November 02, 2004 GMT
Broken Bike Bits 2

I watched as Willy tightened all my spokes.

'Do you know what you are doing?'

'Oh yes', he said.

The next day I went for a ride into the mountains with Nico.

Even before we got out of the town I realised I had a big problem.

As I rode slowly down the road I stood up and looked at my front wheel over the fairing. It was wobbling like mad from side to side.

Willy had completely fucked it up. Brilliant.

I explained the situation to Nico and we abandoned our ride. He took me straight to his own mechanic who removed the wheels and took them to a professional wheel builder.

That was six months ago in Cuenca, Ecuador.

Fabricio had just had my lovely new tyres fitted and I was admiring them from a distance. They were my favourite tyres that gave really good grip and lasted the longest time. The rear wheel rim was covered in the usual mixture of dirt and oil from the automatic chain oiler. I knelt down besides my bike and took a closer look.

Whilst admiring my lovely new rear tyre I noticed a large dent in the rim.

The wheel was still very dirty but something else caught my eye. There was a thin line besides one of the adjacent spokes. A closer inspection revealed an 8cm crack that went through two spokes.


After cleaning the rim I found another eight cracks. Every forward pointing spoke on the right side had the same problem.



The relacing in Cuenca had been done far too tightly. The KTM spokes are much thicker and stronger than most bikes. This means that the wheel builder tends to make them much tighter than they should be.

Luckily Fabricio found a smuggled black Excel rim the right size. When we went to pick the wheel up he hit a few spokes with a spanner.

They all rang. They were all too tight.

It had happened again.

Visit www.fowb.co.uk for more details on this and previous trips.

Posted by Jeremy Bullard at 08:20 PM GMT
November 12, 2004 GMT
A 1,000km Day

So what's the big deal?

All I did was sit on my bike for nine hours.


I left Sao Paulo just before nine am and rolled into Campo Grande at seven thirty pm. One thousand and one kilometres later at an average speed of one hundred and eleven km/h.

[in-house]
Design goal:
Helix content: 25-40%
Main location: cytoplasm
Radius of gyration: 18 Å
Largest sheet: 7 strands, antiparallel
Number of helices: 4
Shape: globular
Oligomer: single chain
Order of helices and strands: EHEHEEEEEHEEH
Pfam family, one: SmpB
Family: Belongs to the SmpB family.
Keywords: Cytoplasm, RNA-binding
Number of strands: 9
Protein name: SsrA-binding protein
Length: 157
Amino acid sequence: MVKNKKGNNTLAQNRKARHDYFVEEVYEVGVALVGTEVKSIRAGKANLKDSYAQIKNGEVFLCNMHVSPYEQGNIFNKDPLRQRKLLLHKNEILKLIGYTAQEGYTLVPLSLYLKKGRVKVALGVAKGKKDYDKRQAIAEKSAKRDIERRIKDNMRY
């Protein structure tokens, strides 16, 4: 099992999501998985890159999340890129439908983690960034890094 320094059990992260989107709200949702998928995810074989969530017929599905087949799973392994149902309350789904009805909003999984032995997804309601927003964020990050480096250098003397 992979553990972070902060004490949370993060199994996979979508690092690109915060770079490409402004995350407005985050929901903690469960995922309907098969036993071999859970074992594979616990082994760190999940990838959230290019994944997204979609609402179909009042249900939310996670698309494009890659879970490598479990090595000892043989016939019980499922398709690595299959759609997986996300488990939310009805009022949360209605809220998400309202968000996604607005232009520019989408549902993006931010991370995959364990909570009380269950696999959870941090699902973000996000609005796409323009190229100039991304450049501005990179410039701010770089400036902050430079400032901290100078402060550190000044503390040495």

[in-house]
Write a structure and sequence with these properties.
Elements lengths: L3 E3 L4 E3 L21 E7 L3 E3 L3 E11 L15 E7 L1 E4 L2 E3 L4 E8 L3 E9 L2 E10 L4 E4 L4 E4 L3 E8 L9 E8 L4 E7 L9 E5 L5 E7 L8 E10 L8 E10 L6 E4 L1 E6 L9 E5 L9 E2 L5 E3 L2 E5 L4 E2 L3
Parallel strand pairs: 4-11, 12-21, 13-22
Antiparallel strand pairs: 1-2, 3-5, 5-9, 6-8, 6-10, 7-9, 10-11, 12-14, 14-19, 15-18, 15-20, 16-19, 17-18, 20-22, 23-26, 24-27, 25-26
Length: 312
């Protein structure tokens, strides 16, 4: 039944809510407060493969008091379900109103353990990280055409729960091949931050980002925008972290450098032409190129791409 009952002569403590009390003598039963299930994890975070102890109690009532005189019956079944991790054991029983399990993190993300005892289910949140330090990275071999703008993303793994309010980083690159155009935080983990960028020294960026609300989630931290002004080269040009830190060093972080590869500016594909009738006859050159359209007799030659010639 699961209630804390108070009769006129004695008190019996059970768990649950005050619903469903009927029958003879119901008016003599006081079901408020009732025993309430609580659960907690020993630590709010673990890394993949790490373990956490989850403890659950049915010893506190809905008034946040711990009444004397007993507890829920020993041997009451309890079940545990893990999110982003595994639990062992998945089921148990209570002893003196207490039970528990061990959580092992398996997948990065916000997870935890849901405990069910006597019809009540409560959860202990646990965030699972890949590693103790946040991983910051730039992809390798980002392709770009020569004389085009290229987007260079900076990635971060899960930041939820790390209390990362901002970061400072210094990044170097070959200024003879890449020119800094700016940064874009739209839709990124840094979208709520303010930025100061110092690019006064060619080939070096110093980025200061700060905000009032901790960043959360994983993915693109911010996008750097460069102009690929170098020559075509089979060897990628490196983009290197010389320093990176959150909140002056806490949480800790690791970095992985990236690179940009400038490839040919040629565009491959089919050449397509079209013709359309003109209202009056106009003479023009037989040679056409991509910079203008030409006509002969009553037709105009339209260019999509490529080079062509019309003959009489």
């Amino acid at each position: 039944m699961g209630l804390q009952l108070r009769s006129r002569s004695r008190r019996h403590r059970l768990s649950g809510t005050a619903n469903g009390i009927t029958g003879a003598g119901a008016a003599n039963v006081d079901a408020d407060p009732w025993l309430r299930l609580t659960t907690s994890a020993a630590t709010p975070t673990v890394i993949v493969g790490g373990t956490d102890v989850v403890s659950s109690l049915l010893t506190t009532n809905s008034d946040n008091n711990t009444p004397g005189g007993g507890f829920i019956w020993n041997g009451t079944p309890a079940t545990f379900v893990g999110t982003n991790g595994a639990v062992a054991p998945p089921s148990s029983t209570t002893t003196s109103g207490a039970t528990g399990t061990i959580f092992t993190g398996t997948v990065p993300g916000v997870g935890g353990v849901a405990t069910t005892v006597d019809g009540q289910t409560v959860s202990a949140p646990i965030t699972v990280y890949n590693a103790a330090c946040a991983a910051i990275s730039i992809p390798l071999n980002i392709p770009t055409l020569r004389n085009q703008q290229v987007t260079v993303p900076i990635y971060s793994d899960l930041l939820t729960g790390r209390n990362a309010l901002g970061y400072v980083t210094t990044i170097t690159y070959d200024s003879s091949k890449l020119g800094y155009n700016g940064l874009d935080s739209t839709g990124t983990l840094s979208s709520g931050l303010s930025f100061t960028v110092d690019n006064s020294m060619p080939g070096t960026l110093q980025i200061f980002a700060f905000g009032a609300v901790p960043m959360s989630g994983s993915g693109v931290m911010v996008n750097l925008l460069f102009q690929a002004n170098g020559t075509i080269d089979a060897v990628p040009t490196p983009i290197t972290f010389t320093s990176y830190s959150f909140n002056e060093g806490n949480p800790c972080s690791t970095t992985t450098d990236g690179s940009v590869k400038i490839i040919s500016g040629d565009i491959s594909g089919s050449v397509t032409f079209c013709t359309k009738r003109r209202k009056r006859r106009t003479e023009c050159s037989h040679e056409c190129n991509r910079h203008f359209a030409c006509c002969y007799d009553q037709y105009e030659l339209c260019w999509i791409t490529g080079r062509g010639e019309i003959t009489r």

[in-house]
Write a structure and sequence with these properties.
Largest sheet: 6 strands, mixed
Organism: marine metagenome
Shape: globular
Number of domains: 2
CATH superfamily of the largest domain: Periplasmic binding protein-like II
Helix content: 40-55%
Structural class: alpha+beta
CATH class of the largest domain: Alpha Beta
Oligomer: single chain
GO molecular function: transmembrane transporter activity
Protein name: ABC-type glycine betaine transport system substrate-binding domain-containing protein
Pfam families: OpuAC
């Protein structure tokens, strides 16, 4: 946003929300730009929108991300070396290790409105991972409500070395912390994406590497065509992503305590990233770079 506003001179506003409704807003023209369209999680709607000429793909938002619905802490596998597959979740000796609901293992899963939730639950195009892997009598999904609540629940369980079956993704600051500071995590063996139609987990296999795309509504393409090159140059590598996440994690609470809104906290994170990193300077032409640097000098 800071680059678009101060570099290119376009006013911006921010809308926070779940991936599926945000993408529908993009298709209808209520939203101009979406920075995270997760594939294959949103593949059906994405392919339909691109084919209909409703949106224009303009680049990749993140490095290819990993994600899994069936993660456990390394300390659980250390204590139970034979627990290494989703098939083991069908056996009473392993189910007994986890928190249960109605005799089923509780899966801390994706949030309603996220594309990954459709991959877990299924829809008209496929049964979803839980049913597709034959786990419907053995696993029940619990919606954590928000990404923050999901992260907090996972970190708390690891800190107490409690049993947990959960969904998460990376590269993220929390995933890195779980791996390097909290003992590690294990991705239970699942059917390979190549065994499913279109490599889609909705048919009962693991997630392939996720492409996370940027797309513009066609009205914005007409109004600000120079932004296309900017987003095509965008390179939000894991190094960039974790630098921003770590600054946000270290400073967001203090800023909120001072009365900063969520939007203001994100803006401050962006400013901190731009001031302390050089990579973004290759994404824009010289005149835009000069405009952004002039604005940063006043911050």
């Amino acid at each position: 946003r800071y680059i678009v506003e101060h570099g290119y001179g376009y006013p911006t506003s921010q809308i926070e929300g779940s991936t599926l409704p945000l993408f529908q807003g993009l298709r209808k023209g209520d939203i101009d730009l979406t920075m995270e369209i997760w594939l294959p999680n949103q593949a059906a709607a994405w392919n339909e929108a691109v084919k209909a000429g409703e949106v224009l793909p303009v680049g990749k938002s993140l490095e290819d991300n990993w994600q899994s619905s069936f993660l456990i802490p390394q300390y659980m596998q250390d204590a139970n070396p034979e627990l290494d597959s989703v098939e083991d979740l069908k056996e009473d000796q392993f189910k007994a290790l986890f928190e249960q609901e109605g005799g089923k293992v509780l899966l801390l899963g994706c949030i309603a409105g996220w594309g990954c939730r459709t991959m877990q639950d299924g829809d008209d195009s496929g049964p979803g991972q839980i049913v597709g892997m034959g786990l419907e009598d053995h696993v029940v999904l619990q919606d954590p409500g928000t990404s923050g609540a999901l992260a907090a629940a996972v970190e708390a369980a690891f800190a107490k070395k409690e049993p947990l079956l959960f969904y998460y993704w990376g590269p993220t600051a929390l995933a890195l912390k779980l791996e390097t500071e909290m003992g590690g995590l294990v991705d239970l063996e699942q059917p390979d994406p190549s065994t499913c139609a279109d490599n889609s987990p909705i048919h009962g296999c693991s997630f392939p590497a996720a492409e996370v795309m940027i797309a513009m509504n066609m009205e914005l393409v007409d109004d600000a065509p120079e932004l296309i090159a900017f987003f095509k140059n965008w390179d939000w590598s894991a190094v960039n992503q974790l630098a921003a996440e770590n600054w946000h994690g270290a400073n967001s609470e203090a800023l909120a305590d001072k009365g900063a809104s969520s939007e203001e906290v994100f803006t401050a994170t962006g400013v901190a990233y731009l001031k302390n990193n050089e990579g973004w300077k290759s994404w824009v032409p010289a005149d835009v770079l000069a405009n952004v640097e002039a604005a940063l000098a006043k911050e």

This beat my previous record by 180km.

I suppose it must be a boy thing.

Brazil is huge. I wanted to get to the Pantanal and there is no other route. The road heads east and just keeps on going. If I forgot to stop I'd end up in Bolivia again.

I didn't set out to ride all the way, only as far as I felt comfortable and I'd stop if I got tired. I just never got tired.

I love Brazil .

The scenery is so green, gentle rolling hills, really good roads and millions of trees.

The sunset was ablaze of orange and pinks on both sides of the road as I headed into the night. I thought of but abandoned any attempt at a photo. It just wouldn't convey the breadth of the views and intensity of the colours.

Now I have cracked the 1,000km barrier I'm glad I don't have to do it again. I can't see the point of doing a Nick Sanders (who has the world record for circumnavigating the world on a bike in thirty one days.

What a complete waste of time and petrol.

What has he seen?

It's like lots of the entries in The Guinness Book of Records: Apparently the current record for eating live goldfish is over three hundred.

Congratulations.

What a truly useful social skill. It must be useful at drinks parties.

What do you do?'

I eat live goldfish'

Oh, how, er, interesting'.

At least there's a nice view at the top of Everest.

Well, now I've got my own bit of uselessness.

But hey, it's a long way to Ushuaia.

Maybe I'll do 1,002 km next.


Visit www.fowb.co.uk for more details on this and previous trips.

Posted by Jeremy Bullard at 07:32 PM GMT
 


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